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Cross Rotating Michelin MXM4 19"

Discussion in 'Model S: Driving Dynamics' started by ribsandbbqbeef, May 23, 2015.

  1. jerry33

    jerry33 (S85-3/2/13 traded in) X LR: F2611##-3/27/20

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    I am not aware of reason not to stick to a particular rotation method. There isn't any harm in switching methods, but there's no advantage either--at least not one that is known at the present time. (The X-rotation method reducing tire noise is an interesting hypothesis, but it needs confirmation by some real controlled testing.) The main reason for switching rotation methods is to get rid of a particular kind of wear that is showing up on one tire--preferably after you get the alignment, or other mechanical problem, fixed so that the other three tires won't also wear the same way. (The alternative is getting rid of the car and making it someone else's problem.)
     
  2. Bill D

    Bill D Member

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    I did the 1st rotation on my 19" Michelin Primacy tires at 10K miles and I felt like the tire noise increased just after the rotation, but thought I was imagining it until this thread. The rotation was front-back only. You're saying I'm stuck with how the tires sound until they wear out?
     
  3. brucet999

    brucet999 Active Member

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    #23 brucet999, May 25, 2015
    Last edited: May 25, 2015
    [​IMG] Originally Posted by brucet999 [​IMG]
    Tire manufacturers have for decades instructed that once a radial tire has been run for a few thousand miles it should not be rotated to the other side of the vehicle.

    I question the FUD theory, since it was the Michelin dealer who sold me my first set of steel belted radials for my '68 Mustang fastback who told me not to cross-rotate. I fail to see what benefit such a story would have for bias-ply tire makers anyway. Who would have been afraid to buy radials because the rotation pattern was different?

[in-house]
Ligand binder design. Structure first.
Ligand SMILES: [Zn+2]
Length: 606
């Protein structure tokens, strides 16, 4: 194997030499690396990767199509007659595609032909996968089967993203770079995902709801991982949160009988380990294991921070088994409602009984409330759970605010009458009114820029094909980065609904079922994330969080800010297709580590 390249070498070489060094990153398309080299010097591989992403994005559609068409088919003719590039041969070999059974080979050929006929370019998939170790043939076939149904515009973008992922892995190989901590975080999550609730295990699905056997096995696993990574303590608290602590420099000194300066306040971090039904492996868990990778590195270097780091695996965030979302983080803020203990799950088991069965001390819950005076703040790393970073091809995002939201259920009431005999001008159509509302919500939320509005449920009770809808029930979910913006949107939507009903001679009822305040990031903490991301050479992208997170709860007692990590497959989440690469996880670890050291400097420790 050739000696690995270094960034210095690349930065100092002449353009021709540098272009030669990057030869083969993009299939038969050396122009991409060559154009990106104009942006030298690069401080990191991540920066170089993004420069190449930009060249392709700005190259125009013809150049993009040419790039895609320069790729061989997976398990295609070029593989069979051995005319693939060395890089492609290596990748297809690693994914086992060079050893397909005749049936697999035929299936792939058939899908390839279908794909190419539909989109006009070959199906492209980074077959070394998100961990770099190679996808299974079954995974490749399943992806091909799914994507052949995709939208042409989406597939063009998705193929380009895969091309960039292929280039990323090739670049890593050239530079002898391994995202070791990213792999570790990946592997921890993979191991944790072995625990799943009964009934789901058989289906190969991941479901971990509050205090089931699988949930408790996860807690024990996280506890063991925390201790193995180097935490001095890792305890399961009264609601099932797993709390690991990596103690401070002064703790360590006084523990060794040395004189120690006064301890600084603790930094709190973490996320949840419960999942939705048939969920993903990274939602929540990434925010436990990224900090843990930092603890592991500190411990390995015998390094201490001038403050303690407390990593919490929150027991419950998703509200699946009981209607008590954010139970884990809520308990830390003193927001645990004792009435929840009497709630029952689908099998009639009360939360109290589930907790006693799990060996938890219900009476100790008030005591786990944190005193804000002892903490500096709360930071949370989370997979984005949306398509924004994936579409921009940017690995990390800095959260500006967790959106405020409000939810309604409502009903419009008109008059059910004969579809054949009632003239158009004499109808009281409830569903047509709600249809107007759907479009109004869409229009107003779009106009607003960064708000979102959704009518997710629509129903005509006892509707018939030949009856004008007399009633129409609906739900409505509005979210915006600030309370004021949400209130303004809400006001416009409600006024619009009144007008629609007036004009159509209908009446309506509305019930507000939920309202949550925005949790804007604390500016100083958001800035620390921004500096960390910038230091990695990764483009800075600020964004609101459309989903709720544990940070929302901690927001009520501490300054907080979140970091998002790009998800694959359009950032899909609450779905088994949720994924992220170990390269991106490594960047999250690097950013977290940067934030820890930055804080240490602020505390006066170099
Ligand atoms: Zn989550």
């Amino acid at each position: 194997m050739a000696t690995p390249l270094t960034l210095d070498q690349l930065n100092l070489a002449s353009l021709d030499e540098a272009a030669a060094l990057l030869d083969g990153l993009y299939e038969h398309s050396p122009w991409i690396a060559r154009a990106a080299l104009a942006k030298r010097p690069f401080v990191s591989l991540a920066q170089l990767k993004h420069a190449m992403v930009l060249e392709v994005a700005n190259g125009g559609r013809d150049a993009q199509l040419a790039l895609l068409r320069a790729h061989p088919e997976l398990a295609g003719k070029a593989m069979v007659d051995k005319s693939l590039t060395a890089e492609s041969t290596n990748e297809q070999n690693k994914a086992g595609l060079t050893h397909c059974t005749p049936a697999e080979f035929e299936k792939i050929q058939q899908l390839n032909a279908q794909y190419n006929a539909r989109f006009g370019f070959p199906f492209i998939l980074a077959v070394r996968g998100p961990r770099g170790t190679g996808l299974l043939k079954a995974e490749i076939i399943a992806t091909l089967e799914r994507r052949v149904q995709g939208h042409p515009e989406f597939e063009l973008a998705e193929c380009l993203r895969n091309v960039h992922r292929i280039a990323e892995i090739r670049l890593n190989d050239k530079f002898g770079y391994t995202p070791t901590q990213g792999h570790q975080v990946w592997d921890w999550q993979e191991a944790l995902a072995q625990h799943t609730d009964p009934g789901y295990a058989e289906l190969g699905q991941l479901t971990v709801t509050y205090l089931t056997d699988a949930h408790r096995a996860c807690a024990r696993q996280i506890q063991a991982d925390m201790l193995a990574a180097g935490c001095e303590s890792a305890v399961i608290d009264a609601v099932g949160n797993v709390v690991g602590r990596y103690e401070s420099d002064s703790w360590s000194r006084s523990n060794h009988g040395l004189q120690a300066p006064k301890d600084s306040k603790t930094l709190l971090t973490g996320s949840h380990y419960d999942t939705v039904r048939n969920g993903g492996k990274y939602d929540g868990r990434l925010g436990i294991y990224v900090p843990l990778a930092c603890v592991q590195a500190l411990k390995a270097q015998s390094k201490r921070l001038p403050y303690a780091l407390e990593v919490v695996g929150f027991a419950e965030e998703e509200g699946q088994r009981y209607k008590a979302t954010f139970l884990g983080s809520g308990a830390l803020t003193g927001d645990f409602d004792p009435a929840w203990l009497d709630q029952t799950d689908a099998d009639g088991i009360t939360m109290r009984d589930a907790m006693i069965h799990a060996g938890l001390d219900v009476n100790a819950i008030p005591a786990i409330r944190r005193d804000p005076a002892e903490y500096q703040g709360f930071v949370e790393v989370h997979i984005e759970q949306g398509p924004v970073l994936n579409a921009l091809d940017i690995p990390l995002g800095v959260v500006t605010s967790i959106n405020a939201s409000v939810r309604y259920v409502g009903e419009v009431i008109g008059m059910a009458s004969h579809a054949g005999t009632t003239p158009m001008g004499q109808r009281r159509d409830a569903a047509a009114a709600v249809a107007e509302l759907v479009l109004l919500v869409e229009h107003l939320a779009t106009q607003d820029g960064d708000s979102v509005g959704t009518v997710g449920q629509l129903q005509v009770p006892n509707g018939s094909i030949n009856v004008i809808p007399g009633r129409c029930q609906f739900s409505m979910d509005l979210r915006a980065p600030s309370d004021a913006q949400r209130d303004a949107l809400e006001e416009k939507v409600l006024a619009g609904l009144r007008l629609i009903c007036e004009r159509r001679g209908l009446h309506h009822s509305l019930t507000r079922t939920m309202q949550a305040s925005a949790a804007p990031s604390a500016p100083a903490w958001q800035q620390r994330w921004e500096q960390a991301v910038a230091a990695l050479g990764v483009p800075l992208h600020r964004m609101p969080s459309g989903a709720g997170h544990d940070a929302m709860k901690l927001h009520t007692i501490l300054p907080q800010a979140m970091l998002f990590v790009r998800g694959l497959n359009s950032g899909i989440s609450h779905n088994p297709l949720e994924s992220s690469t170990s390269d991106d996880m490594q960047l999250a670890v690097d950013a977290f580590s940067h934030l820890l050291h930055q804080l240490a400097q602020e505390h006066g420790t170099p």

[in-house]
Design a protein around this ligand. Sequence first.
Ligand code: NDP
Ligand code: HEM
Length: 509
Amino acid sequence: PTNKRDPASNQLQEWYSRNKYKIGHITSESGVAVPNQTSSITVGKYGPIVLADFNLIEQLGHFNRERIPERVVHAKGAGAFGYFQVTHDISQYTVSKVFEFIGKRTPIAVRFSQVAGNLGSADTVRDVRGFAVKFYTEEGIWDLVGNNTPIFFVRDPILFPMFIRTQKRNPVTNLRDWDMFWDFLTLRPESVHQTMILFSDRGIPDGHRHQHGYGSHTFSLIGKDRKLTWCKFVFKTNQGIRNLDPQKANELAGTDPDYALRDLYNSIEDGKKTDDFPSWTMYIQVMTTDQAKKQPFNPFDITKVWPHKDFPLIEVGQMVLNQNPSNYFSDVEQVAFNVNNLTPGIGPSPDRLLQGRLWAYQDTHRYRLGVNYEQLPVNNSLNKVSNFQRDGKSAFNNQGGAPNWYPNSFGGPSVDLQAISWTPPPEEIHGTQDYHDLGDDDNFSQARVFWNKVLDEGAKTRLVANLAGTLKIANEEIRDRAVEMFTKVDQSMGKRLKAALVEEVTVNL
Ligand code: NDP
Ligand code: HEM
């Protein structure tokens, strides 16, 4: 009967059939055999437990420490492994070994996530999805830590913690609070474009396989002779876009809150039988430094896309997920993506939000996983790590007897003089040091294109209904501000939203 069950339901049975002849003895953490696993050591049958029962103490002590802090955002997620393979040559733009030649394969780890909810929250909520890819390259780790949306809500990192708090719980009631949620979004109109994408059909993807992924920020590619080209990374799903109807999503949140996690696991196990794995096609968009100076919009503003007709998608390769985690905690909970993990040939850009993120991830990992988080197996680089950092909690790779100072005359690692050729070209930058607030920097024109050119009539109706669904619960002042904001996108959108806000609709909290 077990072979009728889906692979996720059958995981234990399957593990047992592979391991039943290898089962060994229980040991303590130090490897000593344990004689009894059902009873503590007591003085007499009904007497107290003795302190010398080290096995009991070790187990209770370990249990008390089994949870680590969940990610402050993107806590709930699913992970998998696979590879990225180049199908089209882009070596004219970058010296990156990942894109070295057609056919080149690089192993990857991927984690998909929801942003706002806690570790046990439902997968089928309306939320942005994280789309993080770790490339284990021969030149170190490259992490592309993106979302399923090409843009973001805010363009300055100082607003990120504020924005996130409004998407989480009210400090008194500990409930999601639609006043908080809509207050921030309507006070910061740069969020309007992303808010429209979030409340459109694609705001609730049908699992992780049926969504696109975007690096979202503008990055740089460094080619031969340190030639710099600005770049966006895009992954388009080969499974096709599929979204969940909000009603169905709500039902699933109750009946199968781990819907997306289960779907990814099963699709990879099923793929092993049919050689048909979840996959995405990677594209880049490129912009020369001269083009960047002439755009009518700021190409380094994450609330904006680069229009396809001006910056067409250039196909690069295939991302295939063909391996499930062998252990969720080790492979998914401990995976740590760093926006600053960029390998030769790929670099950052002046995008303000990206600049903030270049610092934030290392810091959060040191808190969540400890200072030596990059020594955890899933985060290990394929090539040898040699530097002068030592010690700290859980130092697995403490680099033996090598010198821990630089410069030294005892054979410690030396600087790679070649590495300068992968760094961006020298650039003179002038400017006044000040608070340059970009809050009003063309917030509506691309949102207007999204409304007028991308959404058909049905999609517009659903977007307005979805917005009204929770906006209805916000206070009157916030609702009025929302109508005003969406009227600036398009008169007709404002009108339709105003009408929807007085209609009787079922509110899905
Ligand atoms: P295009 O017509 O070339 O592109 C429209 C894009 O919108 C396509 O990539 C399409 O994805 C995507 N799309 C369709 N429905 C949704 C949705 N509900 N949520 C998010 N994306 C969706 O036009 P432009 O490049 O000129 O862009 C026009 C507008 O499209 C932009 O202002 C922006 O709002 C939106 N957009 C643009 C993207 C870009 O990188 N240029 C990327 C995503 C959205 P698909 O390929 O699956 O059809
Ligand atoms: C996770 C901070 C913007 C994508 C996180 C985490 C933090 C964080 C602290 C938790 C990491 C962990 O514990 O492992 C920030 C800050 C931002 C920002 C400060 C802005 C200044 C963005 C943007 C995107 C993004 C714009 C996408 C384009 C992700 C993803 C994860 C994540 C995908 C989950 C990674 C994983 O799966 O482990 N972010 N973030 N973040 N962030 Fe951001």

Tell us more about the early rotation theory and how often should subsequent rotations be done. I can imagine that adverse tire wear patterns might be avoided by not giving them much time to form. If I understand correctly, once adverse wear patterns form, rotation won't correct them.
     
  4. Electricfan

    Electricfan Active Member

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    I googled for a few minutes, so I'm an expert now, and I can't find any reference to rotating a new set of tires at 1500 miles. Is this a "Jerryism", or is it recommended by a tire company, or some other authority?
     
  5. jerry33

    jerry33 (S85-3/2/13 traded in) X LR: F2611##-3/27/20

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    1. I can assure you that many Michelin dealers at the time listened to the FUD and passed it along. Sometimes on the hypothesis that it would do no harm and might even help, and sometimes because they believed it. No tire dealer sells only Michelin tires, and they all had other voices talking to them.

    2. It is sometimes possible to reduce the sound by rotation, and sometimes not. It's one of those "an ounce of prevention is worth a pound of cure" things.